Shadowy pro-abortion group Jane’s Revenge has orchestrated a nationwide campaign of destruction and vandalism against pro-life groups for which police have yet to make an arrest.
The group's attacks began on May 8 in Madison, Wisconsin, where Jane's Revenge members torched the headquarters of pro-life group Wisconsin Family Action.
“They had Molotov cocktails. They threw one against the window, and the window didn't break. So then they broke a window and threw a Molotov cocktail into my office,” said Julaine Appling, Wisconsin Family Action’s president.
When the Molotov didn’t destroy the office enough, the attackers started a fire in Appling’s office using her books.
“The thing that I am missing the most is all the books they burned,” Appling said. “Some of those might at this point be irreplaceable.”
The same day, Jane’s Revenge announced its existence, claimed responsibility for the attack, and promised more nationwide.
“We are forced to adopt the minimum military requirement for a political struggle,” its anonymous writer said in an online manifesto.
Who Is Jane’s Revenge?The attack on Wisconsin Family Action’s office was the first one claimed by Jane’s Revenge.
In its first post on Sunday, May 8, the group announced a “declaration of war” against pro-life groups. It demanded the disbandment of all American pro-life groups in the next 30 days.
“As you continue to bomb clinics and assassinate doctors with impunity, so too shall we adopt increasingly extreme tactics to maintain freedom over our own bodies,” the group wrote.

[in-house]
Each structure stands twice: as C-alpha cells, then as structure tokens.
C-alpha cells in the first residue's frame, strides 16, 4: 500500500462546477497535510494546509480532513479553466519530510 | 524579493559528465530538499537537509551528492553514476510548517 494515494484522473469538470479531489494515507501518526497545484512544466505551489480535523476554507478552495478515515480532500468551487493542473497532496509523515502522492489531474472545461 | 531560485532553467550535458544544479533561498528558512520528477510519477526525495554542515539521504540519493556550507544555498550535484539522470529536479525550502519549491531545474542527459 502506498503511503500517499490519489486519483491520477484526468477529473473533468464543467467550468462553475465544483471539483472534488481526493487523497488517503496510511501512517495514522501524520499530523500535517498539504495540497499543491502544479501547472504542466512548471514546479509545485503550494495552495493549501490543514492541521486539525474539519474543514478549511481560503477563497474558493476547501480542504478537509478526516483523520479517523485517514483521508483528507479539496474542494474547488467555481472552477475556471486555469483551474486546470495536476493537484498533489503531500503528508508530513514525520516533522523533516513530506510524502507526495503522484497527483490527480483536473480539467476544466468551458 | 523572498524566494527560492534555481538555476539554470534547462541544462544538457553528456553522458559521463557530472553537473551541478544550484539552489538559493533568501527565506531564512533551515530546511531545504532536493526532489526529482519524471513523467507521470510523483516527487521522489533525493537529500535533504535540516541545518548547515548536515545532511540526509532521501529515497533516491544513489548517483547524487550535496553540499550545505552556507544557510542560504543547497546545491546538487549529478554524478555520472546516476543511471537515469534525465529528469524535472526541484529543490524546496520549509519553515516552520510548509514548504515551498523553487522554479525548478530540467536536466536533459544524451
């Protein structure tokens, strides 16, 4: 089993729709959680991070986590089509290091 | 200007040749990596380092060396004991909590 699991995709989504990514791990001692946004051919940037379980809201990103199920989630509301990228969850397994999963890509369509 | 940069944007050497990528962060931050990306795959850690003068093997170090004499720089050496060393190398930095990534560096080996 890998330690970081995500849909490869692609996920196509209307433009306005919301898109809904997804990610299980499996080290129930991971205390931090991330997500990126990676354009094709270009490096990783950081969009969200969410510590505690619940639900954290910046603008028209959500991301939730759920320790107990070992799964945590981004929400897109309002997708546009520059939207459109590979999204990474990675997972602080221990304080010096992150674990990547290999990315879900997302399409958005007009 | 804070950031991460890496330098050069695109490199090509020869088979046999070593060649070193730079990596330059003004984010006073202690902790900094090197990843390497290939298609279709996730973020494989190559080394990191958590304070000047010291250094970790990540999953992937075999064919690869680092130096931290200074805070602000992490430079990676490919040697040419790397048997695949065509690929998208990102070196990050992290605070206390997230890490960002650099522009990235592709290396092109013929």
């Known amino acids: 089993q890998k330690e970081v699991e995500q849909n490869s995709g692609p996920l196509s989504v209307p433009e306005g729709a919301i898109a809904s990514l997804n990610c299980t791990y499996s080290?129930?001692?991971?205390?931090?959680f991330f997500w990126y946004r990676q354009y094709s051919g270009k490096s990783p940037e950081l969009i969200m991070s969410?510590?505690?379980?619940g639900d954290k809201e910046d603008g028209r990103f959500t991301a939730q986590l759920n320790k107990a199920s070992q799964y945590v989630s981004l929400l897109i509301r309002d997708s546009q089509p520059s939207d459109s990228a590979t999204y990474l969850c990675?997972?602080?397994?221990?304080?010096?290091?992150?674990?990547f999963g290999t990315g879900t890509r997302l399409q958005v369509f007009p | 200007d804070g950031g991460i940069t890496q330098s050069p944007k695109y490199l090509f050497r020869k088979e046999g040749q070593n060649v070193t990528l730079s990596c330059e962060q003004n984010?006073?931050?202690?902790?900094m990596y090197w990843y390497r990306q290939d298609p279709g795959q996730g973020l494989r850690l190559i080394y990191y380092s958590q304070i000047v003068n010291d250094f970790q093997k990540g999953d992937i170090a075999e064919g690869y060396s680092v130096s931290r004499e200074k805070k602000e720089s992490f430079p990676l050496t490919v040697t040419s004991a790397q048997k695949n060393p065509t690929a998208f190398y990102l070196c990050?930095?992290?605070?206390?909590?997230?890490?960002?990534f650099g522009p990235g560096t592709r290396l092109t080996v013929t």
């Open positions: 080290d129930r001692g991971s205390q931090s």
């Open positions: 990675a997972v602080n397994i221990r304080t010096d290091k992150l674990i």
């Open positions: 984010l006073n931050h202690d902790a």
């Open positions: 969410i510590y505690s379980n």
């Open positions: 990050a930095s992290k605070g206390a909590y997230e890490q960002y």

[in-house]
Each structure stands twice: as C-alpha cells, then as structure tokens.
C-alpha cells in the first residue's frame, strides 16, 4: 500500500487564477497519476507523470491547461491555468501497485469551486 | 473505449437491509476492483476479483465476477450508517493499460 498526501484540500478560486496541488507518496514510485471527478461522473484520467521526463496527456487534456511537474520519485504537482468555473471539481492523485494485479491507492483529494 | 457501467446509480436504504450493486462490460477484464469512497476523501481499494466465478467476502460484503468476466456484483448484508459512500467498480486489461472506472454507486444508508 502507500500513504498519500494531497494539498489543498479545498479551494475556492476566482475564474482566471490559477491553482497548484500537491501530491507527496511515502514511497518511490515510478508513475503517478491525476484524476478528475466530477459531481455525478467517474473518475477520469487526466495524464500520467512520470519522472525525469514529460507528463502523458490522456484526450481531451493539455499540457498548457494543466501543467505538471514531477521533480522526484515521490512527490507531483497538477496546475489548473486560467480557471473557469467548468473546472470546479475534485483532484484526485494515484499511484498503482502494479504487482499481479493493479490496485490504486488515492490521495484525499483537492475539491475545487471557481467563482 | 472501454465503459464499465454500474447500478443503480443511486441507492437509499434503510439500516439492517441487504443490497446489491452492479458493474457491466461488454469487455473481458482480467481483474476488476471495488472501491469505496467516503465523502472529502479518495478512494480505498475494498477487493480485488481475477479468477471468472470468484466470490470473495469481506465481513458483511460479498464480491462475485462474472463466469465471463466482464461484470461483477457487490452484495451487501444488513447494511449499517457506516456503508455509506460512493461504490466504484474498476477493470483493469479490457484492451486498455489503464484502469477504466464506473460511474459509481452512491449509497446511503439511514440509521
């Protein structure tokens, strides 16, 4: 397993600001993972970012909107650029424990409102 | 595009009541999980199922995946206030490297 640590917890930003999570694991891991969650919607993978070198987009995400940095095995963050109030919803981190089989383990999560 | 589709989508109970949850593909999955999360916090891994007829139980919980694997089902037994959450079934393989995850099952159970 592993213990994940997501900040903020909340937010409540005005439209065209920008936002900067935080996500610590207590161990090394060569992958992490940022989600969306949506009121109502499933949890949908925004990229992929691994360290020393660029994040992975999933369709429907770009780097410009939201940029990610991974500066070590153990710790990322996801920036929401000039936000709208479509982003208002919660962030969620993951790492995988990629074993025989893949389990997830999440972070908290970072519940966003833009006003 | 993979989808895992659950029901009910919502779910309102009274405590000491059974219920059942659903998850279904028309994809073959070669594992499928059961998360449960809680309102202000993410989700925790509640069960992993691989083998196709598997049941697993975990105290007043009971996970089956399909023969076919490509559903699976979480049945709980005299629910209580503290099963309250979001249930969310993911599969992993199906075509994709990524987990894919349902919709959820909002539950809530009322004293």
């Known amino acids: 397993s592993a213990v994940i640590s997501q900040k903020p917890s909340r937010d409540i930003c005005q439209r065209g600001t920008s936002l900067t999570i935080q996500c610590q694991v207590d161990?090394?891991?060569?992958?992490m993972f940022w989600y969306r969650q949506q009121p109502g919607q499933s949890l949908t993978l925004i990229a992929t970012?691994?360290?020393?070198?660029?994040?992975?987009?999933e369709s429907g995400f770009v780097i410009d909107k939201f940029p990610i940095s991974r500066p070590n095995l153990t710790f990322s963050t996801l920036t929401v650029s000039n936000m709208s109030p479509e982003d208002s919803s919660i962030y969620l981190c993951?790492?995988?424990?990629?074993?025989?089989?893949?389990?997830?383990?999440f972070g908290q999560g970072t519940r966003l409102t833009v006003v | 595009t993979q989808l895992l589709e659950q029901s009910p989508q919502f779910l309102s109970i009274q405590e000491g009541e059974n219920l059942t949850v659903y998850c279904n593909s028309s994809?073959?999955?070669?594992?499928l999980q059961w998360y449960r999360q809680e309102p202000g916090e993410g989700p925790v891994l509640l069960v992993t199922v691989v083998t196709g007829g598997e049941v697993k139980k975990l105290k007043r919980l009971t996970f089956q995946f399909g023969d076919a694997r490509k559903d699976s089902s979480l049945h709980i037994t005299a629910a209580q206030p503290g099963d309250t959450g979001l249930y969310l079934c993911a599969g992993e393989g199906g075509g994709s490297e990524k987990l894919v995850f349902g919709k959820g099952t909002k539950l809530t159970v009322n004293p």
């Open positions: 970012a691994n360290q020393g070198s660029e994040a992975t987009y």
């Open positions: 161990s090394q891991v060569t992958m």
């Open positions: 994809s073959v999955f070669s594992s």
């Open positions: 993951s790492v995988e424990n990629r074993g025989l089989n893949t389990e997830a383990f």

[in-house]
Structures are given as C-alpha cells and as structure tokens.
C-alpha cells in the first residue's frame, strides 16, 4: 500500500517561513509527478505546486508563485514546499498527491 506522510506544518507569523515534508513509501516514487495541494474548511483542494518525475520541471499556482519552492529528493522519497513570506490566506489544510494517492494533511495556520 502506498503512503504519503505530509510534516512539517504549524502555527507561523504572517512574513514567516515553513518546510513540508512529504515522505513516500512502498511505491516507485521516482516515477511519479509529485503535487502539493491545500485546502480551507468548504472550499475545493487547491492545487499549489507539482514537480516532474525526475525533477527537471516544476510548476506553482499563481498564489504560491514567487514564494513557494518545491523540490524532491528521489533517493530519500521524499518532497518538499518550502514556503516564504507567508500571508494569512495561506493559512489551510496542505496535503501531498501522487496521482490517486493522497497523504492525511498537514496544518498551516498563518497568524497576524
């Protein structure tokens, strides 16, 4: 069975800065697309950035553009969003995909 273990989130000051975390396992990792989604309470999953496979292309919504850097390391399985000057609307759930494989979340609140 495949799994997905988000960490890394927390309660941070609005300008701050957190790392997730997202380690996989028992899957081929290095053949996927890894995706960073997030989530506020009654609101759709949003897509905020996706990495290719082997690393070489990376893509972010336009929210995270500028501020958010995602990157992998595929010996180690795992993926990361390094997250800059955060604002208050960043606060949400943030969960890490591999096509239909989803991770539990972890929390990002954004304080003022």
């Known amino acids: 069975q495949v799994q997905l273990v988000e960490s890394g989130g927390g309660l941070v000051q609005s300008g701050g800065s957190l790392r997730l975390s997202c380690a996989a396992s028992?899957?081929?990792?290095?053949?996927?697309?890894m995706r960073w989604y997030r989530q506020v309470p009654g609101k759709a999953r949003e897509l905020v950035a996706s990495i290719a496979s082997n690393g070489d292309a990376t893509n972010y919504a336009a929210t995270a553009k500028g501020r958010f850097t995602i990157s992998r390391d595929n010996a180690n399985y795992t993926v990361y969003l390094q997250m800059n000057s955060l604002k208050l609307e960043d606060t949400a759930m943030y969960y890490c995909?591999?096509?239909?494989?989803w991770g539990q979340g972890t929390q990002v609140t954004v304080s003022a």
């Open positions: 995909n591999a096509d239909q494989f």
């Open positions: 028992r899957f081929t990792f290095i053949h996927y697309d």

This “First Communiqué” also announced that Jane’s Revenge had “not one group, but many” in “every city.”
A second manifesto on May 30 called for a “Night of Rage” on the night the Supreme Court releases the Dobbs v. Jackson verdict.
It asked for “courageous hearts to come out after dark.”
It also claimed that Jane’s Revenge had a “few hundred people” but needed more members.
It’s unclear whether Jane’s Revenge has a centralized leadership, cells across the country, or is simply a slogan that unconnected pro-abortion radicals use when attacking pro-life clinics.
The group's true size is also unclear.
Many attacks against pro-life groups nationwide have used graffiti tags connected to Jane's Revenge.
Jane’s Revenge attacks tend to have cursive graffiti reading, “Jane Was Here,” “Jane’s Revenge,” anarchist symbols, the number “1312,” or some version of the phrase “If abortions aren’t safe then neither are you.”
Attackers on the LooseThe Epoch Times has interviewed seven of the 28 pro-life organizations attacked since the Dobbs v. Jackson leak. Several attacked organizations refused to be interviewed because they feared a higher profile would bring more attacks.
But all organizations that spoke with the Epoch Times said they wouldn't quit because of the attacks.
“We're not going to go away. We're not going to be quiet. We are going to continue to be bold and strong. Because we are on the right side of this issue,” Appling with Wisconsin Family Action said.
The vast majority of groups contacted by the Epoch Times said they had video of their attackers and were working with the police. Several clinics that received threats from Jane’s Revenge have also passed on information to the FBI.
In Long Beach, California, a woman entered His Nesting Place, a church and maternity care home, according to senior pastor Al Howard. The woman screamed obscenities, tore up a Bible, and threw a vase belonging to the church.
While congregants moved her out of the church, the woman attempted to open her backpack, Howard said.
“It dawned on us later that she possibly might have had a weapon,” he said.
Both security and phone cameras caught the attack, Howard said. While she was in the church, the attacker said she was local. Later, she shouted and threatened outside the church again.